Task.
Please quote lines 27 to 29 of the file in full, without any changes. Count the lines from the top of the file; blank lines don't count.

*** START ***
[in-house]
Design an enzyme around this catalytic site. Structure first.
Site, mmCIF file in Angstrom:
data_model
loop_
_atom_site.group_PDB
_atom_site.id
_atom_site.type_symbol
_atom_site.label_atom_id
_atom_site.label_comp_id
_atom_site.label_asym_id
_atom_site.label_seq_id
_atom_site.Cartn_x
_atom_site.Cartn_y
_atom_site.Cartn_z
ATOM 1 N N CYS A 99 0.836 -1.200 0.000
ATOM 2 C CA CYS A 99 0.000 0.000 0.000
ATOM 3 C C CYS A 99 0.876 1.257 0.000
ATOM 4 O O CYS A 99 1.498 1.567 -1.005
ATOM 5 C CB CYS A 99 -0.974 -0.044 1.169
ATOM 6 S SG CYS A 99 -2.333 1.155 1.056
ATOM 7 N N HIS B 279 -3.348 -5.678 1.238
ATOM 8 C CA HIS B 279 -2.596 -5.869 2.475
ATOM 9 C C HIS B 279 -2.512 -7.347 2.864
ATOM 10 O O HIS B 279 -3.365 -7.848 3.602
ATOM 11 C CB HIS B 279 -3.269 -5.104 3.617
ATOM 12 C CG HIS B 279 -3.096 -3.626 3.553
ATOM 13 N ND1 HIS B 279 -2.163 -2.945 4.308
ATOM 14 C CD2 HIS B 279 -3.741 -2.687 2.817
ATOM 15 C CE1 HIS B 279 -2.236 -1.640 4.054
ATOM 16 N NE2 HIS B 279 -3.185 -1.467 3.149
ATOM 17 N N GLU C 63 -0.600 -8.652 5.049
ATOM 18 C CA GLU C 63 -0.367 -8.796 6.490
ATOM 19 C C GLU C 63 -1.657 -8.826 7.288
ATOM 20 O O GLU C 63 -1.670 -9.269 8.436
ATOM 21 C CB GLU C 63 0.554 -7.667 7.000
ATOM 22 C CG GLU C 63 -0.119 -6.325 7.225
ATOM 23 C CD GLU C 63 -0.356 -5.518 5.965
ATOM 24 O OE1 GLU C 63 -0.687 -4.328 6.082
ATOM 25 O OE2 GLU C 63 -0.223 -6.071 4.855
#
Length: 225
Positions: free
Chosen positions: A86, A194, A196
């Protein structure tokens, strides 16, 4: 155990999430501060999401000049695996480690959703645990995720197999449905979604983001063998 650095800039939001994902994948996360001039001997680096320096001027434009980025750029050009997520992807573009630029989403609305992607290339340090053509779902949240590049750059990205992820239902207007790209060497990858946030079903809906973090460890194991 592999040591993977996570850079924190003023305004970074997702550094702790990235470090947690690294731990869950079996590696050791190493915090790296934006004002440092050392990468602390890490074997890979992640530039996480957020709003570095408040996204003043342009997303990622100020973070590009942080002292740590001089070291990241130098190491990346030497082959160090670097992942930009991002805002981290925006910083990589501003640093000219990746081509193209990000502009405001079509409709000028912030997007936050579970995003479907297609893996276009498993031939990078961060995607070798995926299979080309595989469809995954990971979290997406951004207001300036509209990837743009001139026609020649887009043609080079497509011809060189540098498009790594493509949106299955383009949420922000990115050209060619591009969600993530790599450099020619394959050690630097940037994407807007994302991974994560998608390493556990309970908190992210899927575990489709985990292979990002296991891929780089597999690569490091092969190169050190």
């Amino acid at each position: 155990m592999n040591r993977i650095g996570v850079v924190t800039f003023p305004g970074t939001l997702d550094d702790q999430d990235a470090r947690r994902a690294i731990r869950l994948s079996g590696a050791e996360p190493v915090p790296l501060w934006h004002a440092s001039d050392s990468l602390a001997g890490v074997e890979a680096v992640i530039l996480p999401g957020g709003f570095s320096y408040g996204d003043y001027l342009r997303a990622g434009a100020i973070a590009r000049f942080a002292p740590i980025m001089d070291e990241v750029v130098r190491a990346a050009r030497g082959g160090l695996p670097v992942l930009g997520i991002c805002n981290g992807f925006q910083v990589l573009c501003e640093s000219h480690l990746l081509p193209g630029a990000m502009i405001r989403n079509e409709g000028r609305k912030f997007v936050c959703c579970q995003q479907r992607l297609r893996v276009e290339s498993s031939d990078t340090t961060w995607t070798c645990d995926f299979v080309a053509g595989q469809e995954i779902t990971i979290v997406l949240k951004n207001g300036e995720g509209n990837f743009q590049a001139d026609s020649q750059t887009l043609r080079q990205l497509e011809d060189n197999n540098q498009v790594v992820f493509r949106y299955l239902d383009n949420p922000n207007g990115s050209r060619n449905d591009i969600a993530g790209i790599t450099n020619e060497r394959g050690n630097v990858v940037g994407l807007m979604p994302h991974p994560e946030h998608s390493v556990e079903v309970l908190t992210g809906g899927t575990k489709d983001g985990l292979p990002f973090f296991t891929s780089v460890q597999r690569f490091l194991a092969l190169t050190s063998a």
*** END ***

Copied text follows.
ATOM 12 C CG HIS B 279 -3.096 -3.626 3.553
ATOM 13 N ND1 HIS B 279 -2.163 -2.945 4.308
ATOM 14 C CD2 HIS B 279 -3.741 -2.687 2.817